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Cold and Flu Season: Self-Care

Updated: Jan 31

What can you do you do if you start to get sick? First: stop, rest and take care of yourself. If that feels selfish, think of your co-workers who don’t want to you to share this with them! A sore throat is often the first sign of a cold or flu. To soothe that:

  • A slice of lemon and small spoon of honey in a mug of hot water

  • Zinc lozenges. You get more out of them if you break them into 4 pieces and suck them one at a time for prolonged benefit to your throat

  • 4 thieves vinegar: 1 tablespoonful in a cup of hot water

  • Health food stores sell herbal formulas to spray directly on your throat, which may contain herbs like licorice, marshmallow, sage or calendula

Echinacea is well known for boosting the immune system. It increases the number and activity of immune cells, and can be started at the first sign of a cold or flu. It used to be thought that echinacea was only helpful at the start of a cold or flu, and that it should only be taken for 10 days. We are happy to bust both of those myths! Research shows it works throughout the illness and can be taken longer term. It is more effective to take it several times throughout the day than to take it in one big dose. You can tell good quality echinacea tincture by the way it makes your tongue tingle. It also comes in capsules and pills for those who don’t like the tingle or the taste. L-Lysine is an amino acid: one of the building blocks for proteins in our bodies. And it slows the rate that viruses replicate. You can take 500 mg twice a day as part of your prevention strategy. Chicken soup really does support you during a cold or flu. It is hydrating, warming, and includes lots of anti-microbial garlic and onions, as well as healthy carotenoids, and easily digested protein. Remember you can make it with a herbal base of Change of Season Soup for extra benefit. It’s great to have chicken broth in the freezer for times like this. If you are frugal, you can save the bones of roast chicken in the freezer and use those to make broth, instead of the whole chicken. Chicken necks and backs can also be used. If you feel achy try an Epsom salts bath. Dissolve 2-4 cups of Epsom salts in a hot bath. Soak for 20 minutes, then tuck back into bed to stay warm. If you don’t have Epsom salts, a hot bath is still helpful. The homeopathic remedy Oscillococcinum is available in many health food stores and some pharmacies. Sometimes one dose, taken at the first sign (usually a sore throat) can nip it in the bud, so you don’t get sick. Most people find that, once they have become sick, it addresses their flu-like symptoms, speeding recovery. A mild fever is your friend. A raised temperature helps your body fight microbes because you can withstand the extra heat better than those germs can. You don’t have to bring a fever down as long as it is below 103 Fahrenheit or 39.5 Celsius, and not rising. Of course this only goes so far. A fever of 104 degrees Fahrenheit or 40 degrees Celsius needs medical care, especially if it is still rising. Applying cold wet socks, and cool packs to the armpits can help keep someone cool on the way to medical attention. Sweating helps: Drink diaphoretic teas to help you sweat it out: peppermint, elderflower and yarrow makes a nice mix. You can also add ginger. Steam inhalations of essential oils, are good for opening nasal passages and airways. Eucalyptus, sage, rosemary and pine are good choices. Or just use plain steam, if you haven’t any oils in the house. NB if you are using homeopathic remedies, eucalyptus will antidote them. There are so many herbs that have traditional use to support the immune system. All of the herbs and mushrooms in the list below can help, and they often are combined for their complementary functions.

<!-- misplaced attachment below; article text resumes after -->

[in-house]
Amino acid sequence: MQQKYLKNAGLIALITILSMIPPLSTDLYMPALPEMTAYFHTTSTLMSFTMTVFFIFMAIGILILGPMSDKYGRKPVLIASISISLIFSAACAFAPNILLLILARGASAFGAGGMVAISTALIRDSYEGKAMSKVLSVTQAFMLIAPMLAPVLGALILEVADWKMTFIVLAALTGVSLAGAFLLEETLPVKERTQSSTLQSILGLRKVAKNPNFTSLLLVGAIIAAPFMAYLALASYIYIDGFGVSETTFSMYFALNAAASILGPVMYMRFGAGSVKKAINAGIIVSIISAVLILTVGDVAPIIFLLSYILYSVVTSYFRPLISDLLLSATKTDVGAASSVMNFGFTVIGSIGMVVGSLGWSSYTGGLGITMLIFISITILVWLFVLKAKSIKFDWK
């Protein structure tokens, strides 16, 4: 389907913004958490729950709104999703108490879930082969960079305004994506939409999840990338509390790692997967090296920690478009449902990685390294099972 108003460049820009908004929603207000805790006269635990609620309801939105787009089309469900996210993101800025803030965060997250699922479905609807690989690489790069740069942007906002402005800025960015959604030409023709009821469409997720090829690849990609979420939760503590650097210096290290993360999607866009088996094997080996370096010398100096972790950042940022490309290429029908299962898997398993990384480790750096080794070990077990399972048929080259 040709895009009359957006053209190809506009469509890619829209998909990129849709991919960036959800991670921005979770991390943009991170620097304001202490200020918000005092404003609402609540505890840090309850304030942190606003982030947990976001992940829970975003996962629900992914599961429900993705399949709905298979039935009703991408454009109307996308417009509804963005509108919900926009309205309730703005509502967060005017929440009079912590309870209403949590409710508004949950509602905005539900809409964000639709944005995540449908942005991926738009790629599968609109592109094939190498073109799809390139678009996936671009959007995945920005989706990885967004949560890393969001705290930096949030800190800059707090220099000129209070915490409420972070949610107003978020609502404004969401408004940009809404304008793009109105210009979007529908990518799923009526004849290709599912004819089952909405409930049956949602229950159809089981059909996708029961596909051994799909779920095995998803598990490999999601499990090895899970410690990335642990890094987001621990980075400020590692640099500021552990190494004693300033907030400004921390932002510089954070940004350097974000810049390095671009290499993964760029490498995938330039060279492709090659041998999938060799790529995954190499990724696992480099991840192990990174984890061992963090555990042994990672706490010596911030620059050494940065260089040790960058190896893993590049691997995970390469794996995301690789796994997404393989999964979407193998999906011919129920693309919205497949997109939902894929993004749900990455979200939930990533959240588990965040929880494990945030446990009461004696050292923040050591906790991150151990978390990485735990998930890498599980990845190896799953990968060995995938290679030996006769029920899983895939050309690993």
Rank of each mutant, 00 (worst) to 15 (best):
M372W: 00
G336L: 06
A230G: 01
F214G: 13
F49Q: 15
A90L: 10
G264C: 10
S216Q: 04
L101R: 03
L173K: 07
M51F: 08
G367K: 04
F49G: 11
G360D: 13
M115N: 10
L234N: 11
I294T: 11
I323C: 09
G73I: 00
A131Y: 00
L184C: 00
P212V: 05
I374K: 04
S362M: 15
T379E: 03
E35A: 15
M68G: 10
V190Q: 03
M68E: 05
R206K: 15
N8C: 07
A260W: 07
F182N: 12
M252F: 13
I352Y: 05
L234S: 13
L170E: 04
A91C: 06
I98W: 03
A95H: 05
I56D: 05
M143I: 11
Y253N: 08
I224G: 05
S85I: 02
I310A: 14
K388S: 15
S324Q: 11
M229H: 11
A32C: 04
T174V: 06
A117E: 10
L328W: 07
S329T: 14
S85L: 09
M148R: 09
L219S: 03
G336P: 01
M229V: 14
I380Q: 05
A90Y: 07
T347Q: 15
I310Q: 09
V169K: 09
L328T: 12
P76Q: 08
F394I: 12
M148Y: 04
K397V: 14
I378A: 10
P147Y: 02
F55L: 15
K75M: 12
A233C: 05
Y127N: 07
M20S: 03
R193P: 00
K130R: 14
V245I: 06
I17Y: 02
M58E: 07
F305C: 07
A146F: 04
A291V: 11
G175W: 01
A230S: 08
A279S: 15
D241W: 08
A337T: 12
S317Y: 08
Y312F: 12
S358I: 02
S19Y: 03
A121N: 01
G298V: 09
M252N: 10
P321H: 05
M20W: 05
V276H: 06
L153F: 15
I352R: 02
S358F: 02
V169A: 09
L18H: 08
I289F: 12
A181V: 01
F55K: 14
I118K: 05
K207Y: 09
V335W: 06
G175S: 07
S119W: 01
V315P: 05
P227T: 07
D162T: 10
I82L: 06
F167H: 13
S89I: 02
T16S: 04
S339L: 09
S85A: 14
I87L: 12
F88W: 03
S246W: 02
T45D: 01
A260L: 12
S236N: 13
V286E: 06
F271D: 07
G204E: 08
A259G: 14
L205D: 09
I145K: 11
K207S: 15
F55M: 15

You can use them to boost your resilience to avoid illness, for example if you are feeling tired and susceptible, if your co-worker has come to work with a cold, or your child has brought one home. Some of our favourites are:

  • Echinacea

  • Astragalus

  • Andrographis

  • Codonopsis

  • Elderberry

  • Mushroom immune support including Reishi, Cordyceps, Maitake, Shiitake

Garlic is antimicrobial, but also a bit anti-social, so use it judiciously, or feed it to the whole family! You can also find it in capsules or tablets in health food stores. Goldenseal is helpful if a bacterial infection follows the virus, for example sinusitis or bronchitis. If mucus goes from being clear to yellow or green, you probably have a bacterial infection. For lingering coughs, look for herbal formulas containing Platycodon, Elecampane, and/or Elderberry. To break up mucus you can use NAC (N-Acetyl Cysteine), up to 1,000 mg three times a day, or try some onion honey syrup.

ONION HONEY SYRUP Chop up 2 yellow onions. No need to peel them: the skins contain helpful Quercetin. Put the chopped onions in a glass jar and cover them with honey. To allow the honey to extract the onion juice leave the jar sitting on the counter for at least 8 hours. Take a teaspoonful of the syrup as often as you need to.

All of these are great to help you through a cold or a mild flu. Stronger treatments are available in a naturopath’s office, including immune support injections, IV nutrient therapy, nebulizer treatments, and remedies individualized to your specific symptoms. Of course if you are on medications you should check with your naturopath or pharmacist before you add any herbal medicine. Here’s what to have on hand to use at the first sign of a cold or flu:

  • 4 thieves vinegar

  • Honey, lemon and ginger

  • Vitamin C

  • L-Lysine

  • Zinc lozenges

  • Chicken broth in the freezer

  • Echinacea, or your favourite immune boosting mix

  • Oscillococcinum

  • Epsom salts

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